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AH: Part of the reason for your blog's existence, was to relay your attempts at finding a copy of de Schertz's famous Magia Posthuma, a work very few authors have read. Where did you find your copy and why do you think other writers have struggled to find a copy of this work?I'd like to take the opportunity to thank Niels for his co-operation with this interview and should point out that his blog served as a key inspiration for this one.
NKP: If I wasn't seriously searching for that book, I may never have started my blog, and probably would not have attempted to launch the term "magia posthuma" as a kind of brand for the topic. Magia Posthuma is famous because of Dom Calmet who wrote about it in his Dissertation, but apparently it wasn’t widely read or even known in the 18th century, and probably never has been. Because of Calmet and those who have cribbed from him it has become a well-known title, even becoming the name of a Belgian metal band for a short period.
I was finally able to read a copy thanks to the Royal Library in Copenhagen, but I had to help them by pointing in the direction of a copy. As far as I know now, there are two copies in the Czech Republic and one in France, the latter one probably the copy that Calmet himself read.
Magia Posthuma originates in Catholic considerations on how to deal with beliefs in posthumous magic and probably was only known in certain Catholic circles. It isn’t mentioned by Giuseppe Davanzati in his dissertation on vampires, so those circles may have been pretty limited. That would also explain the scarcity and the current location of copies of the book.
AH: Most sources cite the book's publication date as 1706, yet you're fairly confident that it was actually published in 1704. What gives you the grounds for this claim?
NKP: I am not that confident as to the actual publication, but from the contents I can see that a censor read the book in 1704 and recommended its publication. So it must have been written in 1704 or before. I hope that future research in those parts of Europe, particularly in the Czech Republic, will shed further light on the actual background for von Schertz’s book. One would expect that archives and libraries could contain more information, or just information that is not currently easily available, but I honestly don’t know what to expect. As the magia posthuma cases and posthumous cremations of corpses in Bohemia, Moravia and Silesia are closely related to witch and sorcery cases, hopefully someone will augment the work of Karen Lambrecht and Gabor Klaniczay, filling in some of the gaps in our knowledge about the posthumous magic of that region.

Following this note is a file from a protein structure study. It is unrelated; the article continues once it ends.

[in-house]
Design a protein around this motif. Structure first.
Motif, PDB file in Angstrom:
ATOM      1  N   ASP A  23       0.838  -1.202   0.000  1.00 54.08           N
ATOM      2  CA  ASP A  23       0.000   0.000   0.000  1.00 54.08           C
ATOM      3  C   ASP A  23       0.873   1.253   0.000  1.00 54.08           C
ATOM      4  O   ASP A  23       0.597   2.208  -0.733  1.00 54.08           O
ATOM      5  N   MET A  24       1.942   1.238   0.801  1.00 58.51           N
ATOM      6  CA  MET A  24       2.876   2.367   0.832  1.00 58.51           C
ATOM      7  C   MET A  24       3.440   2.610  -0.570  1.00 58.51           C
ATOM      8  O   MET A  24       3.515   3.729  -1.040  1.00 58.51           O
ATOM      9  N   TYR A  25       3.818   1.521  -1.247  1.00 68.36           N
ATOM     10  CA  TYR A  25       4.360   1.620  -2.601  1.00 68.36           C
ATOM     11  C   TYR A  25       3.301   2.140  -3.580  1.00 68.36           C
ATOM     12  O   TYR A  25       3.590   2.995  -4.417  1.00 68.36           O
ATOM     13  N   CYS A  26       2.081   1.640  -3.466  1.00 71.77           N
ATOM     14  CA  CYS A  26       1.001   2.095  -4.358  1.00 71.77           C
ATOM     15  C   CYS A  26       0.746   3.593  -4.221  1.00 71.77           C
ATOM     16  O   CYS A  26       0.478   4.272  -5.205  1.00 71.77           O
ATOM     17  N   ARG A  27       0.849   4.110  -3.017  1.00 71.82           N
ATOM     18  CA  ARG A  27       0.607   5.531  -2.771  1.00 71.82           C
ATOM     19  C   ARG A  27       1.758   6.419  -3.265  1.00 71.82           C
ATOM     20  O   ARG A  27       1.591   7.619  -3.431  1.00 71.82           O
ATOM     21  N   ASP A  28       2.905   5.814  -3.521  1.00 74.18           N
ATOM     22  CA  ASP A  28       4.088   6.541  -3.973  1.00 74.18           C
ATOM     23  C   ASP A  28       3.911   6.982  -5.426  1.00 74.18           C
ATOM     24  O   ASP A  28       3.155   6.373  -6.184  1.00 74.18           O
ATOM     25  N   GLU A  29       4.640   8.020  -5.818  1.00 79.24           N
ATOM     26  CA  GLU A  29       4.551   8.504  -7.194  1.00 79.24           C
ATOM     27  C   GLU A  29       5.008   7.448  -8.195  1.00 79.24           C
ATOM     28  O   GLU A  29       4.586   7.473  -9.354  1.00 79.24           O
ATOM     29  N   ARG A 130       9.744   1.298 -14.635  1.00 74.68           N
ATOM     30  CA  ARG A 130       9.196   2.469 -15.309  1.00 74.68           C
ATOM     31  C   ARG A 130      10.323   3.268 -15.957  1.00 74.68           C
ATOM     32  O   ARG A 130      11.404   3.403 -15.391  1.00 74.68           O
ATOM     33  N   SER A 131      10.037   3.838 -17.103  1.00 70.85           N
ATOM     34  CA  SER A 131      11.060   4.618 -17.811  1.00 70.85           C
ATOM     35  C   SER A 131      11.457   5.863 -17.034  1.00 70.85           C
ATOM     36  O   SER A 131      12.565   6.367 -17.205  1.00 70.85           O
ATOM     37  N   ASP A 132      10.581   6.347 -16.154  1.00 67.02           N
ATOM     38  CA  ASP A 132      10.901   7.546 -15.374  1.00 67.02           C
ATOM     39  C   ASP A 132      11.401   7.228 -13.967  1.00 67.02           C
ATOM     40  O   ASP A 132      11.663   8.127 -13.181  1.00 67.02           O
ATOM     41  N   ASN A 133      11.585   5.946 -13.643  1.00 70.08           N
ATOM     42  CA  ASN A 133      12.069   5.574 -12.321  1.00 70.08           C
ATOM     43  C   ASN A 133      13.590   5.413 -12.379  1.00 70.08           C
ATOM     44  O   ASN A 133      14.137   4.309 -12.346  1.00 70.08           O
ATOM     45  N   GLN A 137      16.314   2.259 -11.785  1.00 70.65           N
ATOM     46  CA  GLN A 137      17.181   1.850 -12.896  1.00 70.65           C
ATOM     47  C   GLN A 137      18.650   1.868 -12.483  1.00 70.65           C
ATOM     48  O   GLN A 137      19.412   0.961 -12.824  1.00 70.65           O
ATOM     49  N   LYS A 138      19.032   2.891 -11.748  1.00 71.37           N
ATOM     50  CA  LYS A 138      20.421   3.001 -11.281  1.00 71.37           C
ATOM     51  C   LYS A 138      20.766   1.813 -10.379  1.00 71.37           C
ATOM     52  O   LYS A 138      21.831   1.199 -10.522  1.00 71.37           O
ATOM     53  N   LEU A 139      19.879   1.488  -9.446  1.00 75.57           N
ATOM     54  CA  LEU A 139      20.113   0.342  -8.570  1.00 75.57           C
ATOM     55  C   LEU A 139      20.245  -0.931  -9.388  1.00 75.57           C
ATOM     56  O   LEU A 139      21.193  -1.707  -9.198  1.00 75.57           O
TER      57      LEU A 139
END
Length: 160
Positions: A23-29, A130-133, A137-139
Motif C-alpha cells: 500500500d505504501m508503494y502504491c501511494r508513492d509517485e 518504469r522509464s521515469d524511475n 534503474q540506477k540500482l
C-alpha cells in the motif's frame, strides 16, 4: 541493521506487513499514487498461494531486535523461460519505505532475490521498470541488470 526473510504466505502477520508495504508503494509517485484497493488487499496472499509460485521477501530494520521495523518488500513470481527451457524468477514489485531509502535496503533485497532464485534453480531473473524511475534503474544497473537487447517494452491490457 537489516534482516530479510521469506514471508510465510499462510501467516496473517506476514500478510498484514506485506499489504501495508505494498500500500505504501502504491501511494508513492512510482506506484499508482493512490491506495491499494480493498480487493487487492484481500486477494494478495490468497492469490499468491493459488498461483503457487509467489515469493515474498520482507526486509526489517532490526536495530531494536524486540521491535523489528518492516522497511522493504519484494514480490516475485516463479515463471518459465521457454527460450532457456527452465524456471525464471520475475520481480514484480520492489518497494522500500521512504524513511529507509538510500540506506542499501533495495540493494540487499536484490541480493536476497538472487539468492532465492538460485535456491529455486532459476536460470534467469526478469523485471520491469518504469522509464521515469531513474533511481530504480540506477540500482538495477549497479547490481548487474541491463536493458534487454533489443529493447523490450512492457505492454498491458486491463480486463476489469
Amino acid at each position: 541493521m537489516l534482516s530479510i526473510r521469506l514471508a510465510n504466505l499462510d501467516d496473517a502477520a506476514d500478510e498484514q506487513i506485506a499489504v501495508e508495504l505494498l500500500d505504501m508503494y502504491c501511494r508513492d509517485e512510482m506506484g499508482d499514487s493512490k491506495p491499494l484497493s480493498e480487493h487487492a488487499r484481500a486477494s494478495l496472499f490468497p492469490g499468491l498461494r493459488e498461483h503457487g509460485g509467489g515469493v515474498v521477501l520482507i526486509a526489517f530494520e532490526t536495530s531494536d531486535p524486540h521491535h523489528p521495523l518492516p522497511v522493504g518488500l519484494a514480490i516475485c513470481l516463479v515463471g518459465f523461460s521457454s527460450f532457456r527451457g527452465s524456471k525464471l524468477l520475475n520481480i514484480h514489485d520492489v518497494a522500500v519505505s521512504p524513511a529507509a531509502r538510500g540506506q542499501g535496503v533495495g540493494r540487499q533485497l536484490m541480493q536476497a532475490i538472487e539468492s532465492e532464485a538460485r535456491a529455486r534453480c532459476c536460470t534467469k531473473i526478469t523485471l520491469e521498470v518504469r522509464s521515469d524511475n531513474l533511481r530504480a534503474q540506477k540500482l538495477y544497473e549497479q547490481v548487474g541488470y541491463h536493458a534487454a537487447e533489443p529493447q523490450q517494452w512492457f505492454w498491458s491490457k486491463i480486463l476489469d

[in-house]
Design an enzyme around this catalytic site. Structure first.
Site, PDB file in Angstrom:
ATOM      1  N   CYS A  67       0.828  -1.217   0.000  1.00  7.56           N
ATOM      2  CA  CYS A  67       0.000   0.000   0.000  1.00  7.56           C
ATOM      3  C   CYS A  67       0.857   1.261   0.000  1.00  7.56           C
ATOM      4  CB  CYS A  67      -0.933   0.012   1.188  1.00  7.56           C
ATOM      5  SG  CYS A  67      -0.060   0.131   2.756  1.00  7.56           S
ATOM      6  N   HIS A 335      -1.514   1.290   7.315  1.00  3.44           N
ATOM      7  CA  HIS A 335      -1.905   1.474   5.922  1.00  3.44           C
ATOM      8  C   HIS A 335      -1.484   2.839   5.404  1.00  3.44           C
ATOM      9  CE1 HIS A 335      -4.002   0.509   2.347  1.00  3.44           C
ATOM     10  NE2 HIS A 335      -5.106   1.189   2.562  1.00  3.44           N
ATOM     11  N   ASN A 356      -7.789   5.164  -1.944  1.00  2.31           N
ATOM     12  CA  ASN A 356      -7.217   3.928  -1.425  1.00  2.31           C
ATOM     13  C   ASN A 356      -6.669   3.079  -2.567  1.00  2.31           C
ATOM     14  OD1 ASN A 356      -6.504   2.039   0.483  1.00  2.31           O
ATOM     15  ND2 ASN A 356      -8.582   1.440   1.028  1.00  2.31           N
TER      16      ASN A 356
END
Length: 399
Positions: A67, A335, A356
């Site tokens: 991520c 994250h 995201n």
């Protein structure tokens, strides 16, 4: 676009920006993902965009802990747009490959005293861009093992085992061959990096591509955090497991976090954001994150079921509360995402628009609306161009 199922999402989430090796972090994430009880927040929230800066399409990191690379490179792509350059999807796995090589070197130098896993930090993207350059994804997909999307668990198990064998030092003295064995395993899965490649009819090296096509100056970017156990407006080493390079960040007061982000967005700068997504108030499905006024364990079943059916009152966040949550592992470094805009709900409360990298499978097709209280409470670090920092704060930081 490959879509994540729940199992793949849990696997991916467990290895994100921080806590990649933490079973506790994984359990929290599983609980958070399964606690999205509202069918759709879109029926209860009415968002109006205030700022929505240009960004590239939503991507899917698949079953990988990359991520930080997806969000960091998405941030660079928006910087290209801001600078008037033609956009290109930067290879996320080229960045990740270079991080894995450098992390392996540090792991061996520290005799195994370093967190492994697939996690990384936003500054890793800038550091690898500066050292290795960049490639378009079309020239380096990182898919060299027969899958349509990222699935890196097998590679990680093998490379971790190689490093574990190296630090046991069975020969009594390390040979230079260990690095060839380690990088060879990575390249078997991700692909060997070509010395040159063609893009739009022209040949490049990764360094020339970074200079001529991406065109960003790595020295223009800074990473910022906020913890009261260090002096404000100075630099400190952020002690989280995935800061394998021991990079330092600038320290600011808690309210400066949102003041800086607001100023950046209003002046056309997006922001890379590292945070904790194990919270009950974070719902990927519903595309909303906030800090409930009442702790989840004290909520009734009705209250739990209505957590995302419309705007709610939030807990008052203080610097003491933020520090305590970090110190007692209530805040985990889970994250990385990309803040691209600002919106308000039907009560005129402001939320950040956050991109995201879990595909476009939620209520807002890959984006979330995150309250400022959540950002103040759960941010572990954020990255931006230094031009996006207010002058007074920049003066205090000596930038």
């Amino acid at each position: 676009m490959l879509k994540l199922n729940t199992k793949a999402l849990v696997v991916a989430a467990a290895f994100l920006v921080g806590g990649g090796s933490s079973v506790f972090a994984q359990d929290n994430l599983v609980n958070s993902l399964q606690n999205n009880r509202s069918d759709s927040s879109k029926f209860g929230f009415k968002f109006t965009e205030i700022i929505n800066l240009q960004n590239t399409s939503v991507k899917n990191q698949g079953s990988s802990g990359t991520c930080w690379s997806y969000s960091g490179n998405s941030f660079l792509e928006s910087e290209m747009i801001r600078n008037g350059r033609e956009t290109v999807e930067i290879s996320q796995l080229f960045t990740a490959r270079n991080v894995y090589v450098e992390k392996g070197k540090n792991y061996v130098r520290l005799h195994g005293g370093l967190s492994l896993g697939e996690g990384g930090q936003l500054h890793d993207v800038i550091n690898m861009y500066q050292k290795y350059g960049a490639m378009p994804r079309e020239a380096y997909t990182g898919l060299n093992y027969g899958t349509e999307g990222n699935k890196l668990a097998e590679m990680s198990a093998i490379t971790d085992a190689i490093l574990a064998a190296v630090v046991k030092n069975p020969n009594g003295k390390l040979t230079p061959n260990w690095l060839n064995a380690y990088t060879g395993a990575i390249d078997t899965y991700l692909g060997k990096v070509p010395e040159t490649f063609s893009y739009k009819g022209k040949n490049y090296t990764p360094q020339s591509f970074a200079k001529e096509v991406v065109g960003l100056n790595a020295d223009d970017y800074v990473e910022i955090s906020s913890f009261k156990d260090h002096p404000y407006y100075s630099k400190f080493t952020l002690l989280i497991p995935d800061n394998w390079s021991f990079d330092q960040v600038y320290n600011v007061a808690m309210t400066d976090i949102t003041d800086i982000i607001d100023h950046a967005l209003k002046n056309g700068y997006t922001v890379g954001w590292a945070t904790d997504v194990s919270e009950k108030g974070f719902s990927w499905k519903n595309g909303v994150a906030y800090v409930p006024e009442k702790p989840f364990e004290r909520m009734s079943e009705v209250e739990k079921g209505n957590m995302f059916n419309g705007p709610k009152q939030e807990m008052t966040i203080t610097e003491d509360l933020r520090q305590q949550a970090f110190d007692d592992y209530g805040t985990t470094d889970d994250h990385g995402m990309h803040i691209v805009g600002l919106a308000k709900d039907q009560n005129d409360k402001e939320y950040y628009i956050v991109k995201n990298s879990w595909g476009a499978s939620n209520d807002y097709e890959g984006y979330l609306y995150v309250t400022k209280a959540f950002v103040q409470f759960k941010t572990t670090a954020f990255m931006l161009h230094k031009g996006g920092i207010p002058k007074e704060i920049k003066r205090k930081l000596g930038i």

AH: Apart from finding a copy of de Schertz's book, what would you say is your proudest achievement, so far, in your vampirological studies and aims?
NKP: I am happy to have inspired people in Vienna to arrange a conference on vampirism and to have participated. That certainly has been one of the highlights of my active interest in the subject. I also want to mention my delight in inspiring and helping various people in their studies and research. It seems that I have inspired a couple of students in their choice of thesis. I am frequently surprised at the kind of response I get from my blog. Some of the feedback I have received can be seen on the blog, but a lot of it is only communicated by e-mail.
AH: To my knowledge, you haven't published any book-length works on vampires. Why is this? Do you plan on publishing anything in the immediate future?
NKP: I am frequently asked that question. But like I said, I started out working on a book in my native language, Danish, before even considering blogging about the subject. I must admit that my search for further material, blogging, and in particular all those other things that I am involved in outside of the field of magia posthuma has taken up a lot of time. But I have lately put more time into getting on with my book. So I am actually working on it, but my time is pretty limited, so I dare not put a date on when it will be finished.
AH: Lastly, what is the ultimate aim of your blog? What do you hope your readers will get from it?
NKP: I hope that people will find out that vampires and other revenants are rooted in "historical reality", that they differ a lot from the vampires of Buffy and Twilight, and that we can learn something about human history and concepts by following the history of the vampire. I hope that more people will be inspired to explore the reality behind the myth by not just accepting what some author, say Montague Summers, writes, but by reading the original texts.
I don’t think I have an ultimate aim with the Magia Posthuma blog, but its existence and aim is of course related to my own activities in the field. Curiously, even in periods when I only post a few times a month, I keep getting e-mails and commentaries from people who have just found it, so I suppose it works well as a resource of information and ideas.
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